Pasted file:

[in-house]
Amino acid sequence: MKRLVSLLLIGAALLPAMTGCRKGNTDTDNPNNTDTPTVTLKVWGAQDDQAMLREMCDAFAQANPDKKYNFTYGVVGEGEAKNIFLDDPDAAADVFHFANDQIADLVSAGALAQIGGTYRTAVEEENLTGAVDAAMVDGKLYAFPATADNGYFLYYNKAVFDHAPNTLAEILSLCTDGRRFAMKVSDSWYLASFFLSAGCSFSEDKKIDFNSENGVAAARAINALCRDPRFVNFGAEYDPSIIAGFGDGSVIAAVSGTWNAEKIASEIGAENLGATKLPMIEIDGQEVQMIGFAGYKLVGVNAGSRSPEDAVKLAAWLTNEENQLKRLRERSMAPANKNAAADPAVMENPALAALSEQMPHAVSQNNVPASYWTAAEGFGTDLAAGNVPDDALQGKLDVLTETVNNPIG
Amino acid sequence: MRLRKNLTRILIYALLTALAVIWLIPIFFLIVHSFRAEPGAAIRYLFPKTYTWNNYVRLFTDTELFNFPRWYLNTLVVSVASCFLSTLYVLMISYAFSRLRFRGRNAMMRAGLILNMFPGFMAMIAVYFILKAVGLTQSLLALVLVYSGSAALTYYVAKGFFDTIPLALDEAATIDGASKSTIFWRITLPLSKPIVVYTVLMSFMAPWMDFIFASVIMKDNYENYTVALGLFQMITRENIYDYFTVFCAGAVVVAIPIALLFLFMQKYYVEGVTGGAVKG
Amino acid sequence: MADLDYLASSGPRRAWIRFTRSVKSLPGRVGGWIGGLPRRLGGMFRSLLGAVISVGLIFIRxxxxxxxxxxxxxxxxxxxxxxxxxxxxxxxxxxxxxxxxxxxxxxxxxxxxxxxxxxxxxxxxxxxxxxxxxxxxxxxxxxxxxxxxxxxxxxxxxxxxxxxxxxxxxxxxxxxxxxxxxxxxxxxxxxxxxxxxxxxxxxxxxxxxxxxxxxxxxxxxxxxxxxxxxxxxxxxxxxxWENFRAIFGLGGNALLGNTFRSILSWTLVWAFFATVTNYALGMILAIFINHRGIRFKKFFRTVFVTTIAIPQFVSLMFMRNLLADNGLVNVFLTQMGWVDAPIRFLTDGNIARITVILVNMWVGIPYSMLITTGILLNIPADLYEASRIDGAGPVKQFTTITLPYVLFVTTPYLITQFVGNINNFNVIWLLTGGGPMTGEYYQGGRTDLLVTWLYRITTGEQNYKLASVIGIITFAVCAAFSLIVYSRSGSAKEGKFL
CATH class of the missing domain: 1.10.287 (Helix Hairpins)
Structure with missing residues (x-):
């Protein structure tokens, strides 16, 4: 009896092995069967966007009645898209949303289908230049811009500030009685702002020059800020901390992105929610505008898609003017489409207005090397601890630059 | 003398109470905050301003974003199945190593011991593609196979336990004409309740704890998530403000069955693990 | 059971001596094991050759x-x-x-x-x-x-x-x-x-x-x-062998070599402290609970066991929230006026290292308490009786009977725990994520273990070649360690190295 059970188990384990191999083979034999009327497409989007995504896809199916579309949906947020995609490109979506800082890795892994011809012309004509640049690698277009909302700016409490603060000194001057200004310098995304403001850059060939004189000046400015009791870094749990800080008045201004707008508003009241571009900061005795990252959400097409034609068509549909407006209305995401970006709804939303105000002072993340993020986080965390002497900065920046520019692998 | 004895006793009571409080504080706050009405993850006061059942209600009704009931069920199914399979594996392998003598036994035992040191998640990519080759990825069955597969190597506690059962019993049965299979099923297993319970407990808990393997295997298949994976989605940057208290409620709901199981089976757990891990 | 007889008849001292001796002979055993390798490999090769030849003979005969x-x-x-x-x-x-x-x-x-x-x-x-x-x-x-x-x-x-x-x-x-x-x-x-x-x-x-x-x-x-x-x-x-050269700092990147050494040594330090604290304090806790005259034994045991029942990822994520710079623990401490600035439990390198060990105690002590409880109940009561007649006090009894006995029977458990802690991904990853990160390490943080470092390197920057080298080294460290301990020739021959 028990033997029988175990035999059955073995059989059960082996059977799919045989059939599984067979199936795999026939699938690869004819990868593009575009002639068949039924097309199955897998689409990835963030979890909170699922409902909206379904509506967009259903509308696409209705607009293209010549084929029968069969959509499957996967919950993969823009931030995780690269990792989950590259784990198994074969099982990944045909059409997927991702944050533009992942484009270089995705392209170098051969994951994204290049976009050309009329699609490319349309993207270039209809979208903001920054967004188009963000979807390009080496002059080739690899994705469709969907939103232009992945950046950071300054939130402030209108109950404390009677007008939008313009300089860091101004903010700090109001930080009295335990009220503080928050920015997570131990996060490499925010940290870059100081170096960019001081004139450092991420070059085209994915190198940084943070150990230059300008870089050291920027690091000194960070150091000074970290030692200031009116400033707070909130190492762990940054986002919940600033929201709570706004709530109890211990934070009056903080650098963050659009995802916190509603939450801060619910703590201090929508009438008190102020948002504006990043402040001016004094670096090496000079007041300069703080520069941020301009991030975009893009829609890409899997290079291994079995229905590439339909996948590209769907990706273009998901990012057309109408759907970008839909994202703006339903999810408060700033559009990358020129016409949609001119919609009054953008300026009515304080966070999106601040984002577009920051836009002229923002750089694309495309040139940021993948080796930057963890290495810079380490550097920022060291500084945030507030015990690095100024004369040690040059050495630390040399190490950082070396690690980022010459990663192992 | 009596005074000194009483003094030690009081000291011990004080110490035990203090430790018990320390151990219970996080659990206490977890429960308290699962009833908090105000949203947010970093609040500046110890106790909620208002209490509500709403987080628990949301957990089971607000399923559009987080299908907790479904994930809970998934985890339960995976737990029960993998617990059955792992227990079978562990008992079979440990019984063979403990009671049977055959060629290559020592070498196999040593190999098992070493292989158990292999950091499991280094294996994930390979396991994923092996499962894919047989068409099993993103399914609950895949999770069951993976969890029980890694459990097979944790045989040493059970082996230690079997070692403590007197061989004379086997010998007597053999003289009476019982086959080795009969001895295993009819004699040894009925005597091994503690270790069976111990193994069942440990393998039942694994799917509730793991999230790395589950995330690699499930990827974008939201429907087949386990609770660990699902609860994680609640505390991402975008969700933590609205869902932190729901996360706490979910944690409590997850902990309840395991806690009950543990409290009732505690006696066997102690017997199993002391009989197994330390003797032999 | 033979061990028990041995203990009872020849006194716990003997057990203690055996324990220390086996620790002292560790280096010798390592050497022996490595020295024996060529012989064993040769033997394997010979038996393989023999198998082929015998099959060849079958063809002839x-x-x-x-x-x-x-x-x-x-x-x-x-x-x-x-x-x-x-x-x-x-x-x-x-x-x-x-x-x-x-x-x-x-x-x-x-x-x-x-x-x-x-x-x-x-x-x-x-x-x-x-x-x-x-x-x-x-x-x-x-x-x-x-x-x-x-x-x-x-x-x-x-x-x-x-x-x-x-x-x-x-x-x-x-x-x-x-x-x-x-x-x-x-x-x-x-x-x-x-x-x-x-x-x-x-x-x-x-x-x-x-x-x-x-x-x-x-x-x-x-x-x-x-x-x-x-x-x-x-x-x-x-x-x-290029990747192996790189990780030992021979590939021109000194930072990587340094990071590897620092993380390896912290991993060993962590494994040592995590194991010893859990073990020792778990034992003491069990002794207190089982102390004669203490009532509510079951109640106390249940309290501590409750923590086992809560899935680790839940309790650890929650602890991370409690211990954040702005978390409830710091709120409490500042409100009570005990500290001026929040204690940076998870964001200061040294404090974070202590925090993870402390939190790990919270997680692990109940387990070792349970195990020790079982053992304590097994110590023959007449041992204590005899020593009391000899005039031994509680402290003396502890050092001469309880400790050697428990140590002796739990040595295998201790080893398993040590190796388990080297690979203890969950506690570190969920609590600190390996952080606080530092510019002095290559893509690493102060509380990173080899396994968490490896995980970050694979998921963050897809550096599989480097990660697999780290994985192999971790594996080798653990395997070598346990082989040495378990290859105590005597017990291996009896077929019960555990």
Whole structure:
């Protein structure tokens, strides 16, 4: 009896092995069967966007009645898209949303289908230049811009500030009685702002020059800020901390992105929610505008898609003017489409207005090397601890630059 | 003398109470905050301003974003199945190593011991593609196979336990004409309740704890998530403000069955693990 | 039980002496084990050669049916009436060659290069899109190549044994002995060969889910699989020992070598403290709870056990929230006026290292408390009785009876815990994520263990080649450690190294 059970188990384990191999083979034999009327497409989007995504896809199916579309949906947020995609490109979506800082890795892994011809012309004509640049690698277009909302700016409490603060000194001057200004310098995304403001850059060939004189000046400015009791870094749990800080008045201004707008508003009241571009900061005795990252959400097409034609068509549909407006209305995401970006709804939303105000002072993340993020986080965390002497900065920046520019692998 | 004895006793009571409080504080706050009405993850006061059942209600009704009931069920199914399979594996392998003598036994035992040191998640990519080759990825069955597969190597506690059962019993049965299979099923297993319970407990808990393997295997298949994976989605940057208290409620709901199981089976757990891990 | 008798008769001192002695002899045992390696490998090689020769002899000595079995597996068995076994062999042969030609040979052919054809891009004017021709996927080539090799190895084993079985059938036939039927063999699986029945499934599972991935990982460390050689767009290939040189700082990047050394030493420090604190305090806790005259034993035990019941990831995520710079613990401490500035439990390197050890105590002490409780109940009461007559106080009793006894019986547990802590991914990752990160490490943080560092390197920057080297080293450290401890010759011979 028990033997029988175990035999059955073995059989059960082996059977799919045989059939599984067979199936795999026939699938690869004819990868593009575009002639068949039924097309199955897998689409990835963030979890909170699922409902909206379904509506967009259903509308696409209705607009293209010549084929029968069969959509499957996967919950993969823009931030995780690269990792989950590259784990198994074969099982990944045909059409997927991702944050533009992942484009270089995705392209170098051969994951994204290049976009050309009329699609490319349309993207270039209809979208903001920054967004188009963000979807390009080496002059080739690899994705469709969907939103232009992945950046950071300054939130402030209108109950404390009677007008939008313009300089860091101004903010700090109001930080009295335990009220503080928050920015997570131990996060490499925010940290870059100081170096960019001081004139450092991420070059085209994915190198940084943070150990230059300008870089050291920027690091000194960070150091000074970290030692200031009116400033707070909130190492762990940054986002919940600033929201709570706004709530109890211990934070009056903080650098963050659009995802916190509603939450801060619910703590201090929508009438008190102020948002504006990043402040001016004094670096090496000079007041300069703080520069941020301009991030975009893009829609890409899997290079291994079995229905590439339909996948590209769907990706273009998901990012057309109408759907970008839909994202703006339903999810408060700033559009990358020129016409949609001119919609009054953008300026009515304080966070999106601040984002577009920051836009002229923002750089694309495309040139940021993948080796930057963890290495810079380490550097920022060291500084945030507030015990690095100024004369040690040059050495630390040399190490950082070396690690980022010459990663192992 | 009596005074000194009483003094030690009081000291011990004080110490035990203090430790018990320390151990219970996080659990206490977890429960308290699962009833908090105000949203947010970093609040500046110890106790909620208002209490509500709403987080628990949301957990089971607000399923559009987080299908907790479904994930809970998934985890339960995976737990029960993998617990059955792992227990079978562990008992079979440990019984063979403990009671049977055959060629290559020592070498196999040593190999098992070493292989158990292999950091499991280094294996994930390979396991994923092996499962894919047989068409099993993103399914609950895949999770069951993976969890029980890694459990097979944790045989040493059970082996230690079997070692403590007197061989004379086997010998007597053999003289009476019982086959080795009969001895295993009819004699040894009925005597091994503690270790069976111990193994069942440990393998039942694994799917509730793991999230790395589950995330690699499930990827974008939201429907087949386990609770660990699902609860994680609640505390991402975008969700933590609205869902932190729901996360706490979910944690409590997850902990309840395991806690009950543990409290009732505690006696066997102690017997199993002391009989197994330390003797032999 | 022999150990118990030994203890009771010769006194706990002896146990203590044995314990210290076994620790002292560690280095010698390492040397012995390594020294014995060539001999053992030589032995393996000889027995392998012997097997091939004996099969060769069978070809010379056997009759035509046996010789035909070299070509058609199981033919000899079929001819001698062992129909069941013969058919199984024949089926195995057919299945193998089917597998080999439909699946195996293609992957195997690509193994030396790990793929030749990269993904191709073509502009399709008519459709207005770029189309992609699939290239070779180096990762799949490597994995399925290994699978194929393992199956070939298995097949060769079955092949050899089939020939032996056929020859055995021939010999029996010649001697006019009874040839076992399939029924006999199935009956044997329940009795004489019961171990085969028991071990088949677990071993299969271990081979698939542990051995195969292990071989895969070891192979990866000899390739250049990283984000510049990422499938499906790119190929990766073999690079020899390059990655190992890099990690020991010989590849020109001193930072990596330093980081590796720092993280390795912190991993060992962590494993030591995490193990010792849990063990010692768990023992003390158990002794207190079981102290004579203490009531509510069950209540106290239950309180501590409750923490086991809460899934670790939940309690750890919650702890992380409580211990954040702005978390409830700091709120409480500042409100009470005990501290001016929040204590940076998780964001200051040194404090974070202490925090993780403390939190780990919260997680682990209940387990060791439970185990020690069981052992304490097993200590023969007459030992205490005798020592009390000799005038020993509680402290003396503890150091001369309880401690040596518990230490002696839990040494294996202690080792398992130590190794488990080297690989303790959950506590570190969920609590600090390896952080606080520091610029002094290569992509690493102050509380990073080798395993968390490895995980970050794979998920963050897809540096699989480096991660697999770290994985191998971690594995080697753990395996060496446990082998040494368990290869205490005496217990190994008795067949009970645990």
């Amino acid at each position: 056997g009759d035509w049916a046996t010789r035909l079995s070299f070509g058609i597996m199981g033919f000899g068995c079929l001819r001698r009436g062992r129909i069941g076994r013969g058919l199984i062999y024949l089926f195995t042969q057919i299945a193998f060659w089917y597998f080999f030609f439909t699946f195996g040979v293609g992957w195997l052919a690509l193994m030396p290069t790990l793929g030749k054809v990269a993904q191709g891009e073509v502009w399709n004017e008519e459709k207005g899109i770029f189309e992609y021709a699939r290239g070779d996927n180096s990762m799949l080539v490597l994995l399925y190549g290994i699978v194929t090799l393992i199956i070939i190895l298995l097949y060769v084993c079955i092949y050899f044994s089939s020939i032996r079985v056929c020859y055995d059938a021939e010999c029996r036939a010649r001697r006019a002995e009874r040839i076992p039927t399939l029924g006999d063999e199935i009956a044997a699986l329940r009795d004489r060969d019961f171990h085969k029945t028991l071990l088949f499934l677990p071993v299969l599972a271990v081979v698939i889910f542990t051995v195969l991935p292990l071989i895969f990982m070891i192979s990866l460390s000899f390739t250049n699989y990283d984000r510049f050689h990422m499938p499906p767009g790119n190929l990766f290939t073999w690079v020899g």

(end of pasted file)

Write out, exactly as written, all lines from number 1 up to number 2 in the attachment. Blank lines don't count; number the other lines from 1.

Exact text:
[in-house]
Amino acid sequence: MKRLVSLLLIGAALLPAMTGCRKGNTDTDNPNNTDTPTVTLKVWGAQDDQAMLREMCDAFAQANPDKKYNFTYGVVGEGEAKNIFLDDPDAAADVFHFANDQIADLVSAGALAQIGGTYRTAVEEENLTGAVDAAMVDGKLYAFPATADNGYFLYYNKAVFDHAPNTLAEILSLCTDGRRFAMKVSDSWYLASFFLSAGCSFSEDKKIDFNSENGVAAARAINALCRDPRFVNFGAEYDPSIIAGFGDGSVIAAVSGTWNAEKIASEIGAENLGATKLPMIEIDGQEVQMIGFAGYKLVGVNAGSRSPEDAVKLAAWLTNEENQLKRLRERSMAPANKNAAADPAVMENPALAALSEQMPHAVSQNNVPASYWTAAEGFGTDLAAGNVPDDALQGKLDVLTETVNNPIG